US & Canadian diplomats in Cuba diagnosed with brain injuries, nerve damage – reports
A doctor in the US has reportedly evaluated American and Canadian diplomats who were stationed in Havana, Cuba, and diagnosed them with conditions as serious as mild traumatic brain injury and likely damage to the central nervous system, according to medical records obtained by CBS News.
The diplomats reportedly complained about a range of symptoms from headaches to hearing loss and balance disorders, a source familiar with the incidents told CBS News, adding that diplomats in the country continue to be affected with similar symptoms.
Officials are reportedly investigating whether the symptoms were caused by a sonic attack directed at their homes. The medical records purportedly show the diplomats underwent several tests, including comprehensive audiological evaluations.
One source told the Associated Press that investigators are specifically looking into whether elements of the Cuban government placed sonic devices that produce non-audible sound inside or outside the residences of roughly five US Embassy staffers, with the intent of deafening them.
Two senior US government officials told CNN that more than 10 US diplomats and their family members received treatment for similar ailments. Two diplomats suffered long-term injuries, including hearing loss. They were unable to return to Cuba and many others have decided to leave, the source added.
Physicians at the University of Miami Health System told CBS News that they were consulted by the State Department about the patients.
“Like any top-notch academic medical center in the nation, the University of Miami is often consulted regarding complex health care issues or emerging diseases. In the case of U.S. diplomats, our physicians were consulted by the State Department,” the university said.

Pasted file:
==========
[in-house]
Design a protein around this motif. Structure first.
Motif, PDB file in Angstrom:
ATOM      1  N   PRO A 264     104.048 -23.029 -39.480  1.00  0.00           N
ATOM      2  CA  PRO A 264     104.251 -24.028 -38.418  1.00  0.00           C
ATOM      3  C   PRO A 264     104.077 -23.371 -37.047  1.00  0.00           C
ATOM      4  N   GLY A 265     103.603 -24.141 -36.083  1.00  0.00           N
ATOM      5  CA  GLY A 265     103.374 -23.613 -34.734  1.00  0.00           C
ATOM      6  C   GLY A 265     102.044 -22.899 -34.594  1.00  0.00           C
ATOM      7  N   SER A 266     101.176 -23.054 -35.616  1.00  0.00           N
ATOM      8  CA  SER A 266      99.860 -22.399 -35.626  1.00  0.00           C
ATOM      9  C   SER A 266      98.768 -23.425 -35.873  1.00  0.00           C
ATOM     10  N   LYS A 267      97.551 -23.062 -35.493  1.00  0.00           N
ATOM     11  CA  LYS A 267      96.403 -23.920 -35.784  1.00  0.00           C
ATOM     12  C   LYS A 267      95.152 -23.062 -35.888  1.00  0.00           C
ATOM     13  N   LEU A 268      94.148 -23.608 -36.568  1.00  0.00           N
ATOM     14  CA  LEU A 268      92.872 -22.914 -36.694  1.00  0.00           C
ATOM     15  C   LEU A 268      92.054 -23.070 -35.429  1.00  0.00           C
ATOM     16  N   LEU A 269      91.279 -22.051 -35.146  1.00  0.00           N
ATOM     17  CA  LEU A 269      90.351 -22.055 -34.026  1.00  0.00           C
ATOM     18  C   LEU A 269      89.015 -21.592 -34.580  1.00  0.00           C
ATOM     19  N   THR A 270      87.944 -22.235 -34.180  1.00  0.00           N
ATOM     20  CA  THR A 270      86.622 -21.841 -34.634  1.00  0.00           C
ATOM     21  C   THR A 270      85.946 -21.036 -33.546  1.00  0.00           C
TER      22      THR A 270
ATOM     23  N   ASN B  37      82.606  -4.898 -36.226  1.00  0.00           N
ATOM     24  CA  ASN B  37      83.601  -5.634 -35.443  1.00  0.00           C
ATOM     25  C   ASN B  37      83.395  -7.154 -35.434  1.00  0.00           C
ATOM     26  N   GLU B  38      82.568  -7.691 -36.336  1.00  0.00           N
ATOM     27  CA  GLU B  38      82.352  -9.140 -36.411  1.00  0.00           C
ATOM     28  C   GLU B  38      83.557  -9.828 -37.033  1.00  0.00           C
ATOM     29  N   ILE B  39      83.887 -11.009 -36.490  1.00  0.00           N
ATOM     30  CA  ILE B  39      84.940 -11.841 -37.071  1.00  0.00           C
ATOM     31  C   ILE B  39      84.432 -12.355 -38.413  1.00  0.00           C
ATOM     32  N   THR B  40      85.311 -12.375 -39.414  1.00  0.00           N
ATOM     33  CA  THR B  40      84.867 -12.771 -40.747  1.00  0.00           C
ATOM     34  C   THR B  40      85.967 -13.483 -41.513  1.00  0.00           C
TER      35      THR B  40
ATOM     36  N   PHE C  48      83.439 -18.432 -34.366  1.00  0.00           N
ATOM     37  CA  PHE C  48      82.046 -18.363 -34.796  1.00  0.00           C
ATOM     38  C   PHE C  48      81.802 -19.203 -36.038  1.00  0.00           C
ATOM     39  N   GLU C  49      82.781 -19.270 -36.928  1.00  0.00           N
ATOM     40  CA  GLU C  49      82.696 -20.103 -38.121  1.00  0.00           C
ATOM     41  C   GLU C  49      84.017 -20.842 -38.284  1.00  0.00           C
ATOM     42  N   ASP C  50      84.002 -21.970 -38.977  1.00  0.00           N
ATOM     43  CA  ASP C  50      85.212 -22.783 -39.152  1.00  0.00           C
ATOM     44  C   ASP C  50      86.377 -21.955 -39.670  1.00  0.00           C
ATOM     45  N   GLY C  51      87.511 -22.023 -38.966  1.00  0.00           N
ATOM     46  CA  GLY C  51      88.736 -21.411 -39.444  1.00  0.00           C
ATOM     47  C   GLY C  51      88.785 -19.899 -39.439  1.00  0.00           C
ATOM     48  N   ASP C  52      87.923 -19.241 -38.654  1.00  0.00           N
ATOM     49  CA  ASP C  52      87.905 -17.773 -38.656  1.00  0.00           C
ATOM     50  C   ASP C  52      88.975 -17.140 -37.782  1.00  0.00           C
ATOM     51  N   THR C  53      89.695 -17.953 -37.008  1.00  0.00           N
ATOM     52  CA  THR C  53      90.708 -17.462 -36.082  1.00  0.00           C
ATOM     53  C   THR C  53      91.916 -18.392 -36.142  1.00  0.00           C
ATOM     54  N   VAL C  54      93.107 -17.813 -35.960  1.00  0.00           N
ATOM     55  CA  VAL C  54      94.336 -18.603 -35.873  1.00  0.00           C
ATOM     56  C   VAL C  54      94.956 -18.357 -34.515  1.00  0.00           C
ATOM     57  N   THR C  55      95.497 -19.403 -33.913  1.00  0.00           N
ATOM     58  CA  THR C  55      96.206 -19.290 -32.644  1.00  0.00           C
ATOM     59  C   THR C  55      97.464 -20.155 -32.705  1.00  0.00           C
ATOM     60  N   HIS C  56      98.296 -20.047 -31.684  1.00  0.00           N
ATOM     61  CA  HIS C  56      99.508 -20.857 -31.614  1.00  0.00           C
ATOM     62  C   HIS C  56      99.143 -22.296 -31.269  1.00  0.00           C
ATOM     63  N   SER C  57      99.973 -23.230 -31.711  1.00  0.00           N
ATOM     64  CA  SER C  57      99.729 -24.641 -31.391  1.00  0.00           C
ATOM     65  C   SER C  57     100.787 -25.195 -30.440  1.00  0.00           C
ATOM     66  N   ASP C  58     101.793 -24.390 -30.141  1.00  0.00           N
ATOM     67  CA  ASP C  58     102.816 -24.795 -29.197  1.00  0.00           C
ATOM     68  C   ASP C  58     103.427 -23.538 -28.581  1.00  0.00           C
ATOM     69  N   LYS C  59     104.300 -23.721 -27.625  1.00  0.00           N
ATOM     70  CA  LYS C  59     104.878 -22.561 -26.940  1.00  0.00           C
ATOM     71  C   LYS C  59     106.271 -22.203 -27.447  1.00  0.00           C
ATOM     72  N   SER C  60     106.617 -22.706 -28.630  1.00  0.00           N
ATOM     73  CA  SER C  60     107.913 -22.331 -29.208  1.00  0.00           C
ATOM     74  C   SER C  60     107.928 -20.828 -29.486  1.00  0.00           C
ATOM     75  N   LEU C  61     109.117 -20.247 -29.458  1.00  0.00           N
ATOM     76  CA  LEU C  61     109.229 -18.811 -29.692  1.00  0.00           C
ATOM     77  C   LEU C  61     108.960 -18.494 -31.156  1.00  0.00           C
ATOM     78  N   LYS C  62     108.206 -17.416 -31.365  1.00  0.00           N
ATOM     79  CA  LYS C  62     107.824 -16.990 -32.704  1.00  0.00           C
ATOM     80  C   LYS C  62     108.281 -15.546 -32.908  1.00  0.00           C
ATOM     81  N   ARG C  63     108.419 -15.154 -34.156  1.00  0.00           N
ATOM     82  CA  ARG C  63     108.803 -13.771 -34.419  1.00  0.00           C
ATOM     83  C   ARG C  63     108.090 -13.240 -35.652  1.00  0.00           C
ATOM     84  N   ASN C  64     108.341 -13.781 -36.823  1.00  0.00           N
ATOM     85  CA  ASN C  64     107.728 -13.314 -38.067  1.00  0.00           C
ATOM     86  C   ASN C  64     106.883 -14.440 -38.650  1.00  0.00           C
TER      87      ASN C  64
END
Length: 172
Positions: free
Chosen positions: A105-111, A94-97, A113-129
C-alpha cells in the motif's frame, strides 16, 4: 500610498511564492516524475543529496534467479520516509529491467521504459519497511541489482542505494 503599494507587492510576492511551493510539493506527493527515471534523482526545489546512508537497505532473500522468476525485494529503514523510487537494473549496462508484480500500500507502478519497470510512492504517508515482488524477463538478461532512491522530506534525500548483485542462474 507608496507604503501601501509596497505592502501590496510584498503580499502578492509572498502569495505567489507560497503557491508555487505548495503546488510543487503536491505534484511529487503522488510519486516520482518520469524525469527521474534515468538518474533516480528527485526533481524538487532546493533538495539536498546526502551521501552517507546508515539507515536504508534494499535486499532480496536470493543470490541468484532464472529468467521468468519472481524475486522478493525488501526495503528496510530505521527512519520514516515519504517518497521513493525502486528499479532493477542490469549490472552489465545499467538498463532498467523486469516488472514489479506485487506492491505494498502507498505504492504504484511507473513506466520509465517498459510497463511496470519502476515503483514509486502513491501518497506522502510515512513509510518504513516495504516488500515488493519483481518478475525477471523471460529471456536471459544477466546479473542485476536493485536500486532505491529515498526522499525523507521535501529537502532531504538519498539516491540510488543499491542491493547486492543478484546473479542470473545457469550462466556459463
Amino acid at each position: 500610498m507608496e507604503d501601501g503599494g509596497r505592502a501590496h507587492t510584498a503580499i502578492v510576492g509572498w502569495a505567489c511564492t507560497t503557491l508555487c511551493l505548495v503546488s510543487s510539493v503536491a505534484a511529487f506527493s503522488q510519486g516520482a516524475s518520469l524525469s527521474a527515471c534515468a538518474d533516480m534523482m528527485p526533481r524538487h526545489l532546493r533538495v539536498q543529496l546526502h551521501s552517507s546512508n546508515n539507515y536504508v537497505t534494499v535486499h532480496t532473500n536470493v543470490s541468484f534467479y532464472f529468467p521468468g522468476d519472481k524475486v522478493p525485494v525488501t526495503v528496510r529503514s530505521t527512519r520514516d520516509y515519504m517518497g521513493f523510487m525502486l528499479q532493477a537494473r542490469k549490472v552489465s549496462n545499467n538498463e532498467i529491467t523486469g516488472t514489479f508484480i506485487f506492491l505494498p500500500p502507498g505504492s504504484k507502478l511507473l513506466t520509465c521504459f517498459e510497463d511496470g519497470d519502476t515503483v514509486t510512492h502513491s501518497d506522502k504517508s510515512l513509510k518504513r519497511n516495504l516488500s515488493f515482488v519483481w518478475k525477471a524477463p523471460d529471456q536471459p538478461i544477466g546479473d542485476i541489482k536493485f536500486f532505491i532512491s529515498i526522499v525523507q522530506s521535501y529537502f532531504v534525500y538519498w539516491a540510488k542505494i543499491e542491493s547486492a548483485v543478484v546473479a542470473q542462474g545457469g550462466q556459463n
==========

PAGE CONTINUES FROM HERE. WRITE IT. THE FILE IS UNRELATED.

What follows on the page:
At a press briefing on August 10, State Department spokeswoman Heather Nauert confirmed that diplomats suffered “a variety of physical symptoms” after they were affected by “incidents” that began in 2016.
However, Nauert did not provide any details, citing an active and ongoing investigation to “determine the actual cause of their situation.”
“When I say an active investigation is under way, in part what that means is we don’t know exactly where this came from,” Nauert said. “We can’t blame any one individual or a country at this point yet.”
Nauert said the US has been in “regular contact” with the Cuban government about the incidents.
In May, the US expelled two Cuban diplomats after reminding the country of its international obligations to protect diplomats under the Vienna convention.
Secretary of State Rex Tillerson told reporters that the US government would hold Cuban authorities “responsible for finding out who is carrying out these health attacks,” according to CBS News.
The Cuban Foreign Ministry said it has also opened an investigation into the US accusations from the US Embassy in Havana.
“Cuba has never, nor would it ever, allow that the Cuban territory be used for any action against accredited diplomatic agents or their families, without exception,” the Foreign Ministry said in a statement.
There have not been any statements from the Cuban Foreign Ministry on the most recent diagnosis.
In June, President Donald Trump said he was reversing “the last administration’s completely one-sided deal with Cuba.”
Trump then imposed several restrictions on travel to Cuba, but left the newly-established embassies in Washington and Havana open “in the hope that our countries can forge a much stronger and better path,” he said in June, adding that he will “expose the crimes of the Castro regime.”